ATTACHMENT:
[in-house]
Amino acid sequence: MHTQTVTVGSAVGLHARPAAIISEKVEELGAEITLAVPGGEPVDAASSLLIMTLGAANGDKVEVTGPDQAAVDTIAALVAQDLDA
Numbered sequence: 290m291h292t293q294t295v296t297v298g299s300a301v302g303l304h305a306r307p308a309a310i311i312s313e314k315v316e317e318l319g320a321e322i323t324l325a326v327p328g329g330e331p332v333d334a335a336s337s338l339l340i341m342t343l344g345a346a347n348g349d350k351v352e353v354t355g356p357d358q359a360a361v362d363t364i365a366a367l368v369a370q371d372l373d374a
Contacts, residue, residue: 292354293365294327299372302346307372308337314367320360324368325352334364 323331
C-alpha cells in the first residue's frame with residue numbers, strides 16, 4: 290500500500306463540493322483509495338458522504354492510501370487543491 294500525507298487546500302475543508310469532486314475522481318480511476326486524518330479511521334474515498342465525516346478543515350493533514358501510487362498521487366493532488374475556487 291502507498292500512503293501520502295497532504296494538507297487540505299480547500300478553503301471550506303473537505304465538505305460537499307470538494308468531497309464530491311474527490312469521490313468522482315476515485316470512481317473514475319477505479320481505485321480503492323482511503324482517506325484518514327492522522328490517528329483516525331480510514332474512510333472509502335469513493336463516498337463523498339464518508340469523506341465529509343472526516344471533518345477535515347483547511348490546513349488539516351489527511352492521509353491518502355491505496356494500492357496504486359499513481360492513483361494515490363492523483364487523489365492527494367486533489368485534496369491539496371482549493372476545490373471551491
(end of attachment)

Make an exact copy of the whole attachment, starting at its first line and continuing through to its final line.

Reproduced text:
[in-house]
Amino acid sequence: MHTQTVTVGSAVGLHARPAAIISEKVEELGAEITLAVPGGEPVDAASSLLIMTLGAANGDKVEVTGPDQAAVDTIAALVAQDLDA
Numbered sequence: 290m291h292t293q294t295v296t297v298g299s300a301v302g303l304h305a306r307p308a309a310i311i312s313e314k315v316e317e318l319g320a321e322i323t324l325a326v327p328g329g330e331p332v333d334a335a336s337s338l339l340i341m342t343l344g345a346a347n348g349d350k351v352e353v354t355g356p357d358q359a360a361v362d363t364i365a366a367l368v369a370q371d372l373d374a
Contacts, residue, residue: 292354293365294327299372302346307372308337314367320360324368325352334364 323331
C-alpha cells in the first residue's frame with residue numbers, strides 16, 4: 290500500500306463540493322483509495338458522504354492510501370487543491 294500525507298487546500302475543508310469532486314475522481318480511476326486524518330479511521334474515498342465525516346478543515350493533514358501510487362498521487366493532488374475556487 291502507498292500512503293501520502295497532504296494538507297487540505299480547500300478553503301471550506303473537505304465538505305460537499307470538494308468531497309464530491311474527490312469521490313468522482315476515485316470512481317473514475319477505479320481505485321480503492323482511503324482517506325484518514327492522522328490517528329483516525331480510514332474512510333472509502335469513493336463516498337463523498339464518508340469523506341465529509343472526516344471533518345477535515347483547511348490546513349488539516351489527511352492521509353491518502355491505496356494500492357496504486359499513481360492513483361494515490363492523483364487523489365492527494367486533489368485534496369491539496371482549493372476545490373471551491